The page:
Former Orioles outfielder Albert Belle was arrested Saturday night near Scottsdale, Ariz., on charges of indecent exposure and DUI, according to the Maricopa County Sheriff’s Office.
Belle, 51, was charged with two counts of indecent exposure, one count of DUI and one count of DUI with a blood alcohol content of 0.15 or more.
The Salt River Police Department, which handled his arrest, said Monday that Belle and another man exposed themselves to two adults and two juveniles in the parking lot of the Phoenix Rising Soccer Club Stadium. The stadium is in the Salt River Pima-Maricopa Indian Community.
According to Salt River police, officers stopped Belle because his vehicle matched the description of the two men in the indecent exposure call. He and another adult, who has not been named, were arrested.
Belle, who played for the Orioles in 1999 and 2000, was booked into the Maricopa County Sheriff’s Office jail on Sunday and released the same day. The Salt River department said the investigation is continuing and the case has been referred to the county attorney’s office.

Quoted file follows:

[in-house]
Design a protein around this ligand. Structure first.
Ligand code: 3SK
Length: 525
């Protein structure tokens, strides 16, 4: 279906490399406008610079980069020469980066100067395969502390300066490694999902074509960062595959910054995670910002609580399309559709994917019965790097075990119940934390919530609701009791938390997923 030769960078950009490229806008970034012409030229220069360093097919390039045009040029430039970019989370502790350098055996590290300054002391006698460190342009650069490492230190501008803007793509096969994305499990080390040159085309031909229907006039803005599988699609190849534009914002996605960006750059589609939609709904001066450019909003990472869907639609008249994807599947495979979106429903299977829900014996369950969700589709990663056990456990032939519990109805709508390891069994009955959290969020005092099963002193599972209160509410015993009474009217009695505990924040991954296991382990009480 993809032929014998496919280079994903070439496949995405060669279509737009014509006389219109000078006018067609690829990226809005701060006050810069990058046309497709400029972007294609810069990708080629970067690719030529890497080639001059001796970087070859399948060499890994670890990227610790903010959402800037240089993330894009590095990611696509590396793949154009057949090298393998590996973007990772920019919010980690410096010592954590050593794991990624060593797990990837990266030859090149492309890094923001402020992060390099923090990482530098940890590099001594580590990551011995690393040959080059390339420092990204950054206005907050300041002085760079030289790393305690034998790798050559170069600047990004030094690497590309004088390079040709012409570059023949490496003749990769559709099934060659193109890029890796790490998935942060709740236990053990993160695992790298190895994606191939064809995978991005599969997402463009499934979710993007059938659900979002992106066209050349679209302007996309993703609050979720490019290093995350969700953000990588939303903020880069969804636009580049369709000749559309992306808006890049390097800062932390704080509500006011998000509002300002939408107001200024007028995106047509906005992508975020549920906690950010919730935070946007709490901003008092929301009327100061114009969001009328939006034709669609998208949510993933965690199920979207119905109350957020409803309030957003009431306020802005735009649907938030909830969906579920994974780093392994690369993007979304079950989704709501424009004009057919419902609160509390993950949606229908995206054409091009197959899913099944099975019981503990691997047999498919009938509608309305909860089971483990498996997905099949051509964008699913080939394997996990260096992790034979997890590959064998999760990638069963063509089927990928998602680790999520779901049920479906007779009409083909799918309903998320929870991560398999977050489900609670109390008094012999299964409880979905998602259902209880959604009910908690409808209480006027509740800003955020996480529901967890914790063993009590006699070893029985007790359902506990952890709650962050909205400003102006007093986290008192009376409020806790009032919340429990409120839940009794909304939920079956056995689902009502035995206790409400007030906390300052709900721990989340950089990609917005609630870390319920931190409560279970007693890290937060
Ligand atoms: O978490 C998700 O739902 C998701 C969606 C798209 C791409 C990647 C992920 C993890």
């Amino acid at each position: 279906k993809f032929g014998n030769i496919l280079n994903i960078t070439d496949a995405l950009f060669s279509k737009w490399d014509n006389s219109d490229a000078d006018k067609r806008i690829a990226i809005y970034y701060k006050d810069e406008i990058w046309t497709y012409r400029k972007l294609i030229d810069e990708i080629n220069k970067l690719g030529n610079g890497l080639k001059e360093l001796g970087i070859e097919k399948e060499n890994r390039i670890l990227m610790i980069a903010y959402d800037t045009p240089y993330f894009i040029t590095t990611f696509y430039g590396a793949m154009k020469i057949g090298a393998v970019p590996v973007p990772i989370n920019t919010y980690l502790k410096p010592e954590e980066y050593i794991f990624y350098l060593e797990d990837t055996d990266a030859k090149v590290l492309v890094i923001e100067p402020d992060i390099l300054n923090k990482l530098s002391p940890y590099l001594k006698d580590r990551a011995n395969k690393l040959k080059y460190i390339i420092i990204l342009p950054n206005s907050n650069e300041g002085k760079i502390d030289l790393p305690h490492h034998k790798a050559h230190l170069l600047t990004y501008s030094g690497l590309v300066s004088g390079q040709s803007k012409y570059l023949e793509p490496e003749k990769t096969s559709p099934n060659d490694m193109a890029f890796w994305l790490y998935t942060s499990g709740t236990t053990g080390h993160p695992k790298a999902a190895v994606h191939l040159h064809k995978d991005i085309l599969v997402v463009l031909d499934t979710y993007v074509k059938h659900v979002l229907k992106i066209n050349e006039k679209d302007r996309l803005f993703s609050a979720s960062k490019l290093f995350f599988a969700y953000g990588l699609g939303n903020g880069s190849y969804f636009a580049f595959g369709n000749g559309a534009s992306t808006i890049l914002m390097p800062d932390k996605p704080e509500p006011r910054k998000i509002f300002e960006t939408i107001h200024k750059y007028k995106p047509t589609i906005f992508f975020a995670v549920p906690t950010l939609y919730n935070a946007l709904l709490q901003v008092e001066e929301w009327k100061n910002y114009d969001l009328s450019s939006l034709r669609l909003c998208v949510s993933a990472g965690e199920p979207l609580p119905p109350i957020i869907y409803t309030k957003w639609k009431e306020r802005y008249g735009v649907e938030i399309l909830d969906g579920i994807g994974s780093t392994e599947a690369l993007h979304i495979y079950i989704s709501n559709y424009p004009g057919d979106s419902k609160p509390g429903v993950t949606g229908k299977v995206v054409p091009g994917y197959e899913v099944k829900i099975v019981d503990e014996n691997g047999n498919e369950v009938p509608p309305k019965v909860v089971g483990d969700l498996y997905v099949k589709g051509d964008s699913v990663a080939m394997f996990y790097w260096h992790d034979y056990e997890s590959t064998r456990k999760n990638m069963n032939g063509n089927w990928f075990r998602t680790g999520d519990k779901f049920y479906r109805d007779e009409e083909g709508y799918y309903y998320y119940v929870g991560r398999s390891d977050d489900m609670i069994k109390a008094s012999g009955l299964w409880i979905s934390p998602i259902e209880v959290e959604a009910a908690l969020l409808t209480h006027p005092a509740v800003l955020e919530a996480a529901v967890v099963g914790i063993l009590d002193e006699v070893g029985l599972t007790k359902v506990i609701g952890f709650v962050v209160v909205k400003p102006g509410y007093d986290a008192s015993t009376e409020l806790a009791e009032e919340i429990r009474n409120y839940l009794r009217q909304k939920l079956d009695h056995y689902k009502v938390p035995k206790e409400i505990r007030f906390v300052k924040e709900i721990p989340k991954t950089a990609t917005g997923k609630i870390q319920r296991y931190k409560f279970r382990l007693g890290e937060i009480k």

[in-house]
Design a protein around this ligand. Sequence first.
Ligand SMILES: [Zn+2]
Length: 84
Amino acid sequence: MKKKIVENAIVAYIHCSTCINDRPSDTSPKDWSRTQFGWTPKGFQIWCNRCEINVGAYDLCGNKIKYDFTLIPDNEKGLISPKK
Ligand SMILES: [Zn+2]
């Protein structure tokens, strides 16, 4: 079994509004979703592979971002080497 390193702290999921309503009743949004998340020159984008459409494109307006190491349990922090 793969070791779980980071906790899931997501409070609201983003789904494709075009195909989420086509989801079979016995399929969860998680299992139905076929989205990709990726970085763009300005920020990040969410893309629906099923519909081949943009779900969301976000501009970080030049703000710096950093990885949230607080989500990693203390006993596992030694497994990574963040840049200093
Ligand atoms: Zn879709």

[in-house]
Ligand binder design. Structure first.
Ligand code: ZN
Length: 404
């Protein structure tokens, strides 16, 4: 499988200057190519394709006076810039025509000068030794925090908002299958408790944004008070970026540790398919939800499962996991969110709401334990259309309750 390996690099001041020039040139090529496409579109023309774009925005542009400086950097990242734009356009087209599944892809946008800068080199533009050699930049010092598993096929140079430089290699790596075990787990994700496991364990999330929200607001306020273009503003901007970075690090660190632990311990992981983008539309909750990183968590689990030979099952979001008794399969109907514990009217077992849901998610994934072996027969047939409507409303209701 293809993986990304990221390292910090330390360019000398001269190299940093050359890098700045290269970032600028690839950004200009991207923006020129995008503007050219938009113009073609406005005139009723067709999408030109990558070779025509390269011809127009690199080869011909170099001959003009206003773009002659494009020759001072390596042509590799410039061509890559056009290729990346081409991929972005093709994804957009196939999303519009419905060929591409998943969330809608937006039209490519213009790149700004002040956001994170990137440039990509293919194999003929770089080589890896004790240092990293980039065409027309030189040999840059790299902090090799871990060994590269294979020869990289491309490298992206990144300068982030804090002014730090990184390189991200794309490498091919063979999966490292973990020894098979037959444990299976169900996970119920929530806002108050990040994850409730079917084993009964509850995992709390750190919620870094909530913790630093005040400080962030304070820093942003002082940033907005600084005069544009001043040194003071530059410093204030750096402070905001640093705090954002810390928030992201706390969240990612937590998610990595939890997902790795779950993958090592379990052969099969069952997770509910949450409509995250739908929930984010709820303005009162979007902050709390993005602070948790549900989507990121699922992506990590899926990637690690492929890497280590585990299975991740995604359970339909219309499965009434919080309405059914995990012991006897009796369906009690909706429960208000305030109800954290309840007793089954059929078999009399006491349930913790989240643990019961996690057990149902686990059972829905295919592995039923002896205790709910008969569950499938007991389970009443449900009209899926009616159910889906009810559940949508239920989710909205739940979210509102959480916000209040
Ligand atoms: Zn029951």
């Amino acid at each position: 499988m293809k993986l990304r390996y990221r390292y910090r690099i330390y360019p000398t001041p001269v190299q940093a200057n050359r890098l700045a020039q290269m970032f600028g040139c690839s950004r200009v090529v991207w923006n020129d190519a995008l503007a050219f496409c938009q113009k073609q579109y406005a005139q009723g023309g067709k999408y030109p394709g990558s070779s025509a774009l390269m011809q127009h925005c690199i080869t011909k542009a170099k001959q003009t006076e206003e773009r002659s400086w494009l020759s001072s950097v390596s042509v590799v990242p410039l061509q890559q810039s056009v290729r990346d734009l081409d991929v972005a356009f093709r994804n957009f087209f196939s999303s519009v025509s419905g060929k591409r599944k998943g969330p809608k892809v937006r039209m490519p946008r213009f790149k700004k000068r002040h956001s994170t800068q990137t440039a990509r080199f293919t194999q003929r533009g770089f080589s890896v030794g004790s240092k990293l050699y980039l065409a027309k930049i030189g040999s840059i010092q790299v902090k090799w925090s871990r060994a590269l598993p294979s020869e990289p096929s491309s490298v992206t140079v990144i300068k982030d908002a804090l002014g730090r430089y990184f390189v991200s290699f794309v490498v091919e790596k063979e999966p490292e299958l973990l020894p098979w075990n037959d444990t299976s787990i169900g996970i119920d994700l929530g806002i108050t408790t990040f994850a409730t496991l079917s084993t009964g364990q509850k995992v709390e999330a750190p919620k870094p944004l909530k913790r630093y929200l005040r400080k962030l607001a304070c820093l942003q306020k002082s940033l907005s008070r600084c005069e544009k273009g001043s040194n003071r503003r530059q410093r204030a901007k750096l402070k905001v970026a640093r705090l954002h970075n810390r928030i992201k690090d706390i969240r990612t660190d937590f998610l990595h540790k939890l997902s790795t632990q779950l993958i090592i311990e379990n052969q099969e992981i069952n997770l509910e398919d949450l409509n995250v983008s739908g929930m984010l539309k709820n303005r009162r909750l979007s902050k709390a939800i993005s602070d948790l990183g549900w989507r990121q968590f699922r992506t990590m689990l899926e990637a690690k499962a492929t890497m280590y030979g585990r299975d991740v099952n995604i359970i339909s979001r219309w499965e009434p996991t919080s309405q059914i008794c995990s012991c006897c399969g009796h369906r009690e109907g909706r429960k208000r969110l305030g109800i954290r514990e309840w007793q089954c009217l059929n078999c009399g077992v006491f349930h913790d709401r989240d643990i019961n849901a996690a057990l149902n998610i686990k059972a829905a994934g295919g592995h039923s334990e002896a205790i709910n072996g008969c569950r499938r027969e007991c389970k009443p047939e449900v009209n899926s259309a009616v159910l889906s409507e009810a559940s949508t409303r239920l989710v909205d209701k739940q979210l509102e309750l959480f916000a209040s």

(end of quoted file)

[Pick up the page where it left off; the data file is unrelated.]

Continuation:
Maricopa County Sheriff's Office Sgt. Joaquin Enriquez says Belle was released Sunday.
It was not known whether Belle had an attorney.
Belle spent 10 weeks in 1990 receiving treatment for alcoholism at the Cleveland Clinic.
A five-time All-Star, Belle was one of the most productive hitters of the 1990s, winning five Silver Slugger awards and leading the American League in RBIs three times and homers once. In 1995, he became the first player to hit 50 doubles and 50 home runs in a season.
The Orioles made him the majors' highest-paid player, giving him five-year, $65 million deal before the 1999 season. He played two seasons here before degenerative hip osteoarthritis forced him to retire in spring training 2001 at age 34.
Belle's career was marked by controversy.
In 1994, he was suspended seven games in 1994 for using a corked bat and then sending Indians teammate and future Oriole Jason Grimsley to break into the locked umpires' dressing room and replace the evidence.
In 1996, he was fined after knocking down Milwaukee Brewers infielder Fernando Viña on the base paths.
A year later, he reached a settlement in principle in a damage action filed by a teenager after a Halloween egg-throwing incident.
The Associated Press contributed to this article.